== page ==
Questioning the form:Re-imagining identities through zine-making in Kampala, Uganda

Lead Research Organisation: Manchester Metropolitan University
Department Name: Faculty of Education


This project draws on research from a project called 'Language as Talisman' that explored
how everyday language can be offer opportunities for creative expression. The team is
composed of PI Pahl and poet Gloria Kiconco, based in Kampala, Uganda. Kiconco is a
published poet and zine maker who has previously run zine workshops for women. Together
with artist Charity Atukunda she will work with two organisations to create zine-making
workshops. Each workshop will last for 4 days. There will be three workshops in total, two in
partnership with the organisations and one in order to prepare for the exhibition. The
resulting zines will be displayed in a travelling library, originating in Kampala and
disseminated via the African Poetry Fund to a library in Mombasa, and poetry library
networks in the UK via the newly created Manchester Poetry Library.
The organisation, 'StrongMinds' argues on its website that depression is one of the most
serious challenges facing African women. Women suffering from depression have very little
support ( Life is particularly hard for those on the margins
and women and girls face challenges if they are considered 'outsiders' in any sense of the
word. This project draws on the idea of the zine, as a form that can be adapted and
autonomously used by individuals to express themselves. Zines can be about anything; in
this project they will combine poetry and art to be formed in workshops with skilled
facilitators Kiconco and Atukunda. Equipping women with life writing and expression skills is
a key part of this project. Drawing Artvism's vision that women in particular need writing
skills to equip them in life, the project will place creation and autonomy at the heart of its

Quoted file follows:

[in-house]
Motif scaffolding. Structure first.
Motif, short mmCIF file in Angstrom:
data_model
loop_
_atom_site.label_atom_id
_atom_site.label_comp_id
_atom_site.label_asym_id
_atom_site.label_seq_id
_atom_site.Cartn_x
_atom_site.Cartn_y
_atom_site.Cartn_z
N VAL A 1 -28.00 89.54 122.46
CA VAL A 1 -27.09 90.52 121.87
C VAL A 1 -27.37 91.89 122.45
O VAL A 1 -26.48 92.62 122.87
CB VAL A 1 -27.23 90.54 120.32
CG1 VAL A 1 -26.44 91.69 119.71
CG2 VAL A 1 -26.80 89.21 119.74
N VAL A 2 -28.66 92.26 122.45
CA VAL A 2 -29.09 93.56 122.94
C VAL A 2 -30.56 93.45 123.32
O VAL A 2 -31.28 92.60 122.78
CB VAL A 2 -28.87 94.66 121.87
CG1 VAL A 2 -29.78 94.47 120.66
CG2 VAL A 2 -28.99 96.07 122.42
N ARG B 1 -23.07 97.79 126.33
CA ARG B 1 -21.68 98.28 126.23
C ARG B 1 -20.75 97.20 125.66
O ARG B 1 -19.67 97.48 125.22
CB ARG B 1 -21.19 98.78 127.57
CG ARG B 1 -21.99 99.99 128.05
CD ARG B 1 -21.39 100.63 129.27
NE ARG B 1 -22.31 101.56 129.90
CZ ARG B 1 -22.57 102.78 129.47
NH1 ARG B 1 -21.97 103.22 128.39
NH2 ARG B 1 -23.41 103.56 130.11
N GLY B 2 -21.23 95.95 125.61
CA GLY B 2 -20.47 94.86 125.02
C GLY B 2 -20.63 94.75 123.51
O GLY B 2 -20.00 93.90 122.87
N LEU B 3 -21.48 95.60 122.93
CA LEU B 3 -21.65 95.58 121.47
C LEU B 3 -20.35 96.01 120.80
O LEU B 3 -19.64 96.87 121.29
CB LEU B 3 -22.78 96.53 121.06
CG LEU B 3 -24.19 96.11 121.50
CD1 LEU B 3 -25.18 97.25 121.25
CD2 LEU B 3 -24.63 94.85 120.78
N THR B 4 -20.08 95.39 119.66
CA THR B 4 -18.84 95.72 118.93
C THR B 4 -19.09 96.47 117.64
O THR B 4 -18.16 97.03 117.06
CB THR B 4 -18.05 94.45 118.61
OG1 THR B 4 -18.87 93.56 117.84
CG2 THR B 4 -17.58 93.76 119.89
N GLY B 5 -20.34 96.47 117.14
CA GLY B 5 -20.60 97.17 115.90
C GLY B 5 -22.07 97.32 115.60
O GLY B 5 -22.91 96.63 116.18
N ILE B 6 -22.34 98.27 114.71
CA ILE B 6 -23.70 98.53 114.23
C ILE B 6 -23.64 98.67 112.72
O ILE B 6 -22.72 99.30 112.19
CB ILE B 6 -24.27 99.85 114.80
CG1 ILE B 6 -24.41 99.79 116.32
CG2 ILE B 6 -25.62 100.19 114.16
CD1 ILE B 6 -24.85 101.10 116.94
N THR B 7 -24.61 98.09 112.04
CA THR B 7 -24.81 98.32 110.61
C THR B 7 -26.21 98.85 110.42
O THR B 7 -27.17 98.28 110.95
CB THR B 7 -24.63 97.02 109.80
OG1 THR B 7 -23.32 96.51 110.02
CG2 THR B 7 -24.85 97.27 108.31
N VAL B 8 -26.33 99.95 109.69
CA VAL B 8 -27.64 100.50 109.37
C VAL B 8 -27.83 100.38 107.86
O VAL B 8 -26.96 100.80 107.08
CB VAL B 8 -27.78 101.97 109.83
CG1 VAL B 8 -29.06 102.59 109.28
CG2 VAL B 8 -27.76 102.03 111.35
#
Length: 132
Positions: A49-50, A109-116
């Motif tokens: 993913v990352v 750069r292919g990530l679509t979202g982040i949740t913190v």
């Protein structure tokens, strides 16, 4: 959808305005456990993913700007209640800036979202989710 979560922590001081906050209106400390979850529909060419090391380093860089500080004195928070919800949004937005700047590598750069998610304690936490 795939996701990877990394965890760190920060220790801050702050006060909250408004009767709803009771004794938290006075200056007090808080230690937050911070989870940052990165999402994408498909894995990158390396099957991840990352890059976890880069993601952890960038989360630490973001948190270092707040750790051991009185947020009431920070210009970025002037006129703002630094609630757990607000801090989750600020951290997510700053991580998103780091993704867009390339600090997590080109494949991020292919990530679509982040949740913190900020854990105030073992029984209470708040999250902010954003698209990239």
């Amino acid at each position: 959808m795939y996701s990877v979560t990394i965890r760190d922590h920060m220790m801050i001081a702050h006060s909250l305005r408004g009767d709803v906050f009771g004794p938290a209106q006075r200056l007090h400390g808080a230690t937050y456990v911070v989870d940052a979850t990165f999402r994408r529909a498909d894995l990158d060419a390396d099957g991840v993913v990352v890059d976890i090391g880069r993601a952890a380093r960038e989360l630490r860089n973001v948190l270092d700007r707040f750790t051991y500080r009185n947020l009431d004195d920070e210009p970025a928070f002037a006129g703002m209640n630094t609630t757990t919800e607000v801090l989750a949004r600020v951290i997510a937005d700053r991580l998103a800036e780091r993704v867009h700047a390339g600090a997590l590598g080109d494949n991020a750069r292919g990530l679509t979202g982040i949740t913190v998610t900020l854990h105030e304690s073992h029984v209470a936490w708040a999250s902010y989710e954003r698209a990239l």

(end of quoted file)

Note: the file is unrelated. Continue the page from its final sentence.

vision. Our vision is to do that in collaboration with these organisations dedicated to
supporting women.
The project team includes an evaluator, Lisa Damon, who has experience of working with
refugee groups as a researcher, and is currently a doctoral student at the University of
Makerere. Gloria Kiconco is the lead in Kampala. She is a published poet, who works closely
with arts organisations to realise her zines, which are a mix of poetry and art. She has
previously been part of the AHRC funded project on New Enhancements to Enhance Artists'
Livelihood in East Africa (PI Andrew Burton). Charity Atukunda is a visual artist who worked
with PI Pahl on the AHRC funded 'Belonging and Learning' project, which worked with young
refugees in Kampala to create art that would directly speak to policy-makers. The team will
be led by PI Pahl, drawing on her experience of co-production, and includes Co-Investigator
Su Corcoran, who has developed strong links with organisations within Kampala through the
'Belonging and Learning' project, and researcher McMillan, a poet, and Kratz, who is
working in the field of poetry libraries. The project will create a new travelling library of zines
that speak to express the creativity of women through poetry and art.

Planned Impact